Amid pandemic and protests, Maryland voters compelled to vote ‘now more than ever’

After ballots for the primary election never arrived at their new home in Tuscany-Canterbury, Dan Dudrow and Miriam Travieso made calls and even went looking for them at their old place — to no avail.

That is why they found themselves Tuesday at the University of Maryland, Baltimore, one of six in-person voting sites in the city. There, they were determined to have a say in who will lead their city and their country through a time of both pandemic and protest.


“We really care about who gets elected,” said Dudrow, 79, a retired professor of painting and drawing at the Maryland Institute College of Art.

“It’s very important the way that everything is going now,” said his wife Travieso, 82, a retired psychiatric nurse. “We really wanted to stand for peace and cooperation with others.”


“Now more than ever,” Dudrow added.

The confluence of the coronavirus pandemic, the resulting economic shutdown and the nationwide unrest brought on by the police killing of George Floyd in Minneapolis has made many voters feel that picking the right mayor and other government leaders is especially crucial, they told reporters yesterday.

“A lot of things are going on in the city, and leadership is important,” said Mavi Lankatilleke, 20, an engineering student at the University of Maryland, College Park.

“It’s a really hurting climate right now,” the Federal Hill resident said. “It’s a lot at the same time.”

He and others expressed no small amount of civic pride after Monday, when a massive demonstration in Baltimore shut down a highway and rolled through parts of the city into the early hours of the next day but without the fires and looting that ravaged so many other cities.

“I’m really proud of Baltimore,” he said.

He’s followed local and national politics more closely since 2016, and hopes young people are similarly motivated to go to the polls.

“It’s really divisive right now,” Lankatilleke said. “During a pandemic, it’s not a time to be divisive.”


Separated by signs on the ground showing how far apart they should stand, voters were required to wear masks and were offered hand sanitizer once they entered.

Across from where they lined up to vote was an empty field, in full political bloom: Colorful signs and banners sprouted from the ground. Campaign workers and the candidates themselves, unable to door-knock and otherwise press the flesh during the coronavirus lockdown, were finally sprung.

“I like the drama of it all,” Brenda Lorick said of the act of voting at this time. "It gives me such energy and joy to come out today.”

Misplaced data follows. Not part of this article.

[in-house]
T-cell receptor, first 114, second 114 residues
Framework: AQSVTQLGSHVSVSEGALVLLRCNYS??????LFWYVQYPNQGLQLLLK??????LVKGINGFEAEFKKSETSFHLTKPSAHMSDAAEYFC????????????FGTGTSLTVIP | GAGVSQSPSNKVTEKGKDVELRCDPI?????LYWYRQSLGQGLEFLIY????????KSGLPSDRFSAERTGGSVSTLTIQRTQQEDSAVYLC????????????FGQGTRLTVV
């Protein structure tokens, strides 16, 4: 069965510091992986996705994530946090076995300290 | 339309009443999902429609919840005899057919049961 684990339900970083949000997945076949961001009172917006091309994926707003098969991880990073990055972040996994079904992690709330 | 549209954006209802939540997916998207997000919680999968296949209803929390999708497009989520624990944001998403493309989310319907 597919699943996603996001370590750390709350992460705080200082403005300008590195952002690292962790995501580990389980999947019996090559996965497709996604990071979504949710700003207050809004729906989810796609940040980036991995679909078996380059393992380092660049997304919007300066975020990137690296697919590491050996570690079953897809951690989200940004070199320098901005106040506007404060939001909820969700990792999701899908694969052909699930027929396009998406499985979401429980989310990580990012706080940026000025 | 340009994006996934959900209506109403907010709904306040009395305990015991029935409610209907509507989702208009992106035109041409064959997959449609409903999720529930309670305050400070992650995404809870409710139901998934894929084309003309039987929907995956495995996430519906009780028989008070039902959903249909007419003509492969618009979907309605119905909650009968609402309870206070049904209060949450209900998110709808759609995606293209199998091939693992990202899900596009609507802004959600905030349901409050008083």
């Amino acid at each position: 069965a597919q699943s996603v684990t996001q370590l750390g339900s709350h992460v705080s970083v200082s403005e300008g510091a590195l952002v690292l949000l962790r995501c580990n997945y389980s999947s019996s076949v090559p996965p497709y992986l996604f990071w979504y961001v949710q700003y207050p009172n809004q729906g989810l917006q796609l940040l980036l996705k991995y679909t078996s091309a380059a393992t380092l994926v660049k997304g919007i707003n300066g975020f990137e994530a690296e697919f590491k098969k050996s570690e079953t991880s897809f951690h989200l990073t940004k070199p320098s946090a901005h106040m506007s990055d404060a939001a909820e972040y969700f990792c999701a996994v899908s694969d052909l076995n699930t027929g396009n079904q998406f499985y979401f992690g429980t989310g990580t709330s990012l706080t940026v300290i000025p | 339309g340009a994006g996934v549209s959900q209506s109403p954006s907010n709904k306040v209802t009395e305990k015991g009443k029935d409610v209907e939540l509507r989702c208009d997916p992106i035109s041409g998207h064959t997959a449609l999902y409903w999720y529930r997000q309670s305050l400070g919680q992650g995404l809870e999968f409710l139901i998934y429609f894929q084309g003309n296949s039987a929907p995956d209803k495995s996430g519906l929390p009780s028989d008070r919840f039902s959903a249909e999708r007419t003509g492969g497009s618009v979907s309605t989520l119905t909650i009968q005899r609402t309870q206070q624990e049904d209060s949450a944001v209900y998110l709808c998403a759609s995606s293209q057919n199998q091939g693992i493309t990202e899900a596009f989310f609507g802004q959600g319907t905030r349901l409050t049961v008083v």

The 75-year-old Madison Park resident sounded particularly ready for November, and the chance to vote for presumptive Democratic nominee and former Vice President Joe Biden against President Donald Trump.

She said she was offended by Trump’s “racist, militaristic behavior" Monday when police used shields, batons and flash-bangs to push peaceful protesters near the White House from a park to clear a path for him to be photographed in front of St. John’s Episcopal Church, “holding up a Bible when he never goes to church.”

“I think this is the most critical year in my lifetime,” said Lorick, who is retired from teaching English and the humanities at Morgan State University.


In Baltimore, she hopes for a new beginning.

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“It angers me that we always seem to take three steps forward," Lorick said, "and four steps back,”

At the other in-person voting sites, there were similar sentiments. Voters couldn’t help but be reminded of the ongoing pandemic. At Northwood Elementary, election workers wiped down voting tables in the school’s gymnasium between each use, and nearly everyone wore a mask. And in another sign of these times, the toilet paper ran out.

Mayoral candidates Brandon Scott, who is currently City Council president, and Thiru Vignarajah, the former deputy state attorney general, bumped elbows in greeting as they arrived to scrounge up any last-minute votes.

The days of protests weighed on many voters’ minds.

At Mount Pleasant Church, Ashley Webb, 30, said she typically doesn’t vote in local elections, but it felt especially important to do so Tuesday


“The police brutality. The injustice to black people,” she said. “I feel like if I want to see a change, I need to be a part of that change.”

Baltimore Sun reporters Christina Tkacik and Talia Richman contributed to this article.